At 12:34 AM, Blogger Corey Ryan Earle said...

No sleep in 40 hours? Must have been a busy night.

I thought you made some interesting observations. Your hierarchy of important Facebook components (picture being the most important, followed by name, location, etc.) intrigues me. Wouldn't the name be most important since that's how you find the profile and identify the person to begin with? Or maybe you're referring to when you search for some other factor and a list of profiles is given. In that case, I agree that most people probably skim through the list looking at the photographs. But in that case, the name seems like it wouldn't be 2nd in importance, or very important at all, at least regarding the impression that the profile makes.

Regarding deceiving about location on the Facebook, I don't think I've ever observed that personally. It seems that if anyone actually knew a person, it'd be pretty easy to verify where they are located. Location seems to be an assessment signal that any real friend could verify easily, which would make it difficult to lie about. Or it least somewhat embarrassing if someone was caught lying about it.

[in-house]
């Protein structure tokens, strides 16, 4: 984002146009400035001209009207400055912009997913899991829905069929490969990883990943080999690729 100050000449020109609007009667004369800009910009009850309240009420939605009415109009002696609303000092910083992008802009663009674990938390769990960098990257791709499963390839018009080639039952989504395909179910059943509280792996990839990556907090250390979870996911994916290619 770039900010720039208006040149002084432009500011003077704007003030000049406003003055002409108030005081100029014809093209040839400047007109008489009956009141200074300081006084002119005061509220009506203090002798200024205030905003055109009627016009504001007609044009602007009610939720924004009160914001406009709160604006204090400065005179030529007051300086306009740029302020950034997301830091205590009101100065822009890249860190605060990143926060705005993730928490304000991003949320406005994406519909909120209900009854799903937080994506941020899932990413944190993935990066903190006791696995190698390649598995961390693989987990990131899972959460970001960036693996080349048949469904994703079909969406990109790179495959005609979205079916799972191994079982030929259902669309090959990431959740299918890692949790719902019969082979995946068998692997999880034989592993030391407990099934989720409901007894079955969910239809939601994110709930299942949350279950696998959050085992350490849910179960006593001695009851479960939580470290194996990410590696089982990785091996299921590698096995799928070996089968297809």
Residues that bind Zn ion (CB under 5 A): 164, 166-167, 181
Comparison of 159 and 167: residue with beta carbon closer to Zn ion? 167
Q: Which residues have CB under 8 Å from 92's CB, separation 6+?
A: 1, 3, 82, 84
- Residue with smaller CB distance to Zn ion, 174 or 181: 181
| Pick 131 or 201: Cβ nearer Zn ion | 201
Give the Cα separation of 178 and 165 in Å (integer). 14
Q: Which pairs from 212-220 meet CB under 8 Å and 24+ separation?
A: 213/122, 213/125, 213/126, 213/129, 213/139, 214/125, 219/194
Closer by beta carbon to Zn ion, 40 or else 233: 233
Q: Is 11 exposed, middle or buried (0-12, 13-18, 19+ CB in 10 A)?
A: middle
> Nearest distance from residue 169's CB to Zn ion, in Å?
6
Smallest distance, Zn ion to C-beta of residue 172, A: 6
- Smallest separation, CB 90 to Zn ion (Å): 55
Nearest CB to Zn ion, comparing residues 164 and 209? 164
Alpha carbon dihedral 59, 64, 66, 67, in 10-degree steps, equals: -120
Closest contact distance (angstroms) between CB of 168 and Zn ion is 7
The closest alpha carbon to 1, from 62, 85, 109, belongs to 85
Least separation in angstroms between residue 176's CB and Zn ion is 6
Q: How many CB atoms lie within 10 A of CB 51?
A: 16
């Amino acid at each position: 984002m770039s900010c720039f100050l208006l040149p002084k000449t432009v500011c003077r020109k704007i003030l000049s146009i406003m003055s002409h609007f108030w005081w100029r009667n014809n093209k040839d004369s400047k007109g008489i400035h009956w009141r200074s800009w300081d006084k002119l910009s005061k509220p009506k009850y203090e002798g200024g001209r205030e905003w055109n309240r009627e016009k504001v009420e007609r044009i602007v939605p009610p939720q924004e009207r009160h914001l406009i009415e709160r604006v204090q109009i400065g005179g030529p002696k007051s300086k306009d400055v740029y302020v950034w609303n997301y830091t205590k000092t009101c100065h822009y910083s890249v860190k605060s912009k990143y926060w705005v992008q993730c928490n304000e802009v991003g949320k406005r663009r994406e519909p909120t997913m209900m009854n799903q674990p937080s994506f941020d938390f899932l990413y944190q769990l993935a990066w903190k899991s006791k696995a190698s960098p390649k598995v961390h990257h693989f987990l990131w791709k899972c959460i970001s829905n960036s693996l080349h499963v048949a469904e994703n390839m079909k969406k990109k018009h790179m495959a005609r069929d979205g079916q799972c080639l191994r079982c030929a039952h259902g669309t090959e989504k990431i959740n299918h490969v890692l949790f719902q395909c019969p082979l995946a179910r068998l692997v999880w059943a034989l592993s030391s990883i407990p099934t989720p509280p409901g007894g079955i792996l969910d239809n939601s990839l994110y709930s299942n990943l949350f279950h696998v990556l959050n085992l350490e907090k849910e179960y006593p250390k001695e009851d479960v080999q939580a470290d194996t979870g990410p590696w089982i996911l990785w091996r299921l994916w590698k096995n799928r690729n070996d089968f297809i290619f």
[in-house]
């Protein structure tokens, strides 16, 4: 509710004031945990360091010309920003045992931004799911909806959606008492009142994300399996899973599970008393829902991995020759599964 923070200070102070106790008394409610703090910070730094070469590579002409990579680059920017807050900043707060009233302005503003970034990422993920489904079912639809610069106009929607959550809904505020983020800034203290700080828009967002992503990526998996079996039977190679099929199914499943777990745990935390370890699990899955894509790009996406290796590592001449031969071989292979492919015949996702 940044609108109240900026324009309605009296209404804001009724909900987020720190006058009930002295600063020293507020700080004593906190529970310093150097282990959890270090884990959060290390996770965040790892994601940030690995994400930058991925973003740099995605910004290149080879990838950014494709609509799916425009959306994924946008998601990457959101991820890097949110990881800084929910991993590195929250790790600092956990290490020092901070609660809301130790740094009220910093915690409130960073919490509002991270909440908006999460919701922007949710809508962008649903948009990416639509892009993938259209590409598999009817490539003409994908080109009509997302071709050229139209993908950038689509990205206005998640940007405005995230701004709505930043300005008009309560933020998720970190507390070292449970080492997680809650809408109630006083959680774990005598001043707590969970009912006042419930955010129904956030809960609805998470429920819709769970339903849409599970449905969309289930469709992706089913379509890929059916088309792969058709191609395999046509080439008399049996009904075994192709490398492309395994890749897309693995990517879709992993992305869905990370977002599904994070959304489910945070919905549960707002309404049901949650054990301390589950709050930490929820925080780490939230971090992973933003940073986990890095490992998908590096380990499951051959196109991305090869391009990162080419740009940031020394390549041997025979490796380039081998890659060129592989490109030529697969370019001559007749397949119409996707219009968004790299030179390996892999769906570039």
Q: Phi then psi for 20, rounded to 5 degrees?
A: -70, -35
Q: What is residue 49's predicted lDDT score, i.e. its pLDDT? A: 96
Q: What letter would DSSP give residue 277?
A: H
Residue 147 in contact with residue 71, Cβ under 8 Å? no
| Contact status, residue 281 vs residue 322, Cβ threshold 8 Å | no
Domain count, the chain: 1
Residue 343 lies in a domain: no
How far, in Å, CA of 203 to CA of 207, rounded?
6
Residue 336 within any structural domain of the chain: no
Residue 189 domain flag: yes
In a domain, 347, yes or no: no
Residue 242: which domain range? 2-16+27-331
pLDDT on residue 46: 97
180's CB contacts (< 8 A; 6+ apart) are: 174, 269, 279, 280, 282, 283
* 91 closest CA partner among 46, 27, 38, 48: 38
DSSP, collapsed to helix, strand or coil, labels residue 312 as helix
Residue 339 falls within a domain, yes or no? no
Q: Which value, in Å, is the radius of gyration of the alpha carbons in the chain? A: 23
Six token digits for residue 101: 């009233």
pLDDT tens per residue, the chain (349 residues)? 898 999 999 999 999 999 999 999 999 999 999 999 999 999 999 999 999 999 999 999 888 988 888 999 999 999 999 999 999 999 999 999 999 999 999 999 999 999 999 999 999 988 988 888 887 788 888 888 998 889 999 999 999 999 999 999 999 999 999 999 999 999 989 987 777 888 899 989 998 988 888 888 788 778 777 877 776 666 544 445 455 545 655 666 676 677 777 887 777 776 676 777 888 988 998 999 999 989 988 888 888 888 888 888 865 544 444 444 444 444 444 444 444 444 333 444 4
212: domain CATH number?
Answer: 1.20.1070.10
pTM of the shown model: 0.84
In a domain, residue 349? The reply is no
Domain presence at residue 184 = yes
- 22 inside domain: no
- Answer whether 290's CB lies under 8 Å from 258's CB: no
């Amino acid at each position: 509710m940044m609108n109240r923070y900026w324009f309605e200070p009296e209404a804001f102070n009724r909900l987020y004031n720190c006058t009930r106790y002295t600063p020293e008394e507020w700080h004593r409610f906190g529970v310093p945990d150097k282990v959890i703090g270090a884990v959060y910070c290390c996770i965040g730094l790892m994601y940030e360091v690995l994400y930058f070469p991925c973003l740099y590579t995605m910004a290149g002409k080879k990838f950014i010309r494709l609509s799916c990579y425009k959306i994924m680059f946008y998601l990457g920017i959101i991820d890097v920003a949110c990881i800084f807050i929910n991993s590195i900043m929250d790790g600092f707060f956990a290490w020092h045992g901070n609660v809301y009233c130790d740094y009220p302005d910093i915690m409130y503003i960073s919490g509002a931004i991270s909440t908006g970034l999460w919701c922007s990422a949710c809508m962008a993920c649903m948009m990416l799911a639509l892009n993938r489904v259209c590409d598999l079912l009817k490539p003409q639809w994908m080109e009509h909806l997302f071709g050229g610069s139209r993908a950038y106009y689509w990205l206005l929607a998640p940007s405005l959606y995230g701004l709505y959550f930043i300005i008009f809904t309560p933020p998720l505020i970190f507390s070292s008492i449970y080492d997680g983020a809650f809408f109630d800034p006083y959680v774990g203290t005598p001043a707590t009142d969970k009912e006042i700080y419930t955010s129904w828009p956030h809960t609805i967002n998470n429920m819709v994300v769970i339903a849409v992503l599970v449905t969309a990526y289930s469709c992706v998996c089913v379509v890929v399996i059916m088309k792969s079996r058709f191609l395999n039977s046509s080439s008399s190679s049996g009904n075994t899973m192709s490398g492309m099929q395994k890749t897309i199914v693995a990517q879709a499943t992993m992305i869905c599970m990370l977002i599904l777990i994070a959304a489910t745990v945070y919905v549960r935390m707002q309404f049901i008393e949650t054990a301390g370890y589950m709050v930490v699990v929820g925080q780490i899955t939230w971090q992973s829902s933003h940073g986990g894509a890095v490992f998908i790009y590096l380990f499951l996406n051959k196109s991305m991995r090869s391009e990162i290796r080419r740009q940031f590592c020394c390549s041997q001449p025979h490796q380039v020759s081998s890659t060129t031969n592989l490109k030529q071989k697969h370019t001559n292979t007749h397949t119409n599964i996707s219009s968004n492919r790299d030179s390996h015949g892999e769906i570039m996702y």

Is location really that influential to people looking at Facebook profiles? I suspect most people use Facebook typically to look at people in their own location (at Cornell, in Ithaca), for example.

Good post; it raises some interesting points that I hadn't thought of before. I agree that it all comes down to selective self-presentation in the end. Everyone's trying to look good through their online persona.


Post a Comment

<< Home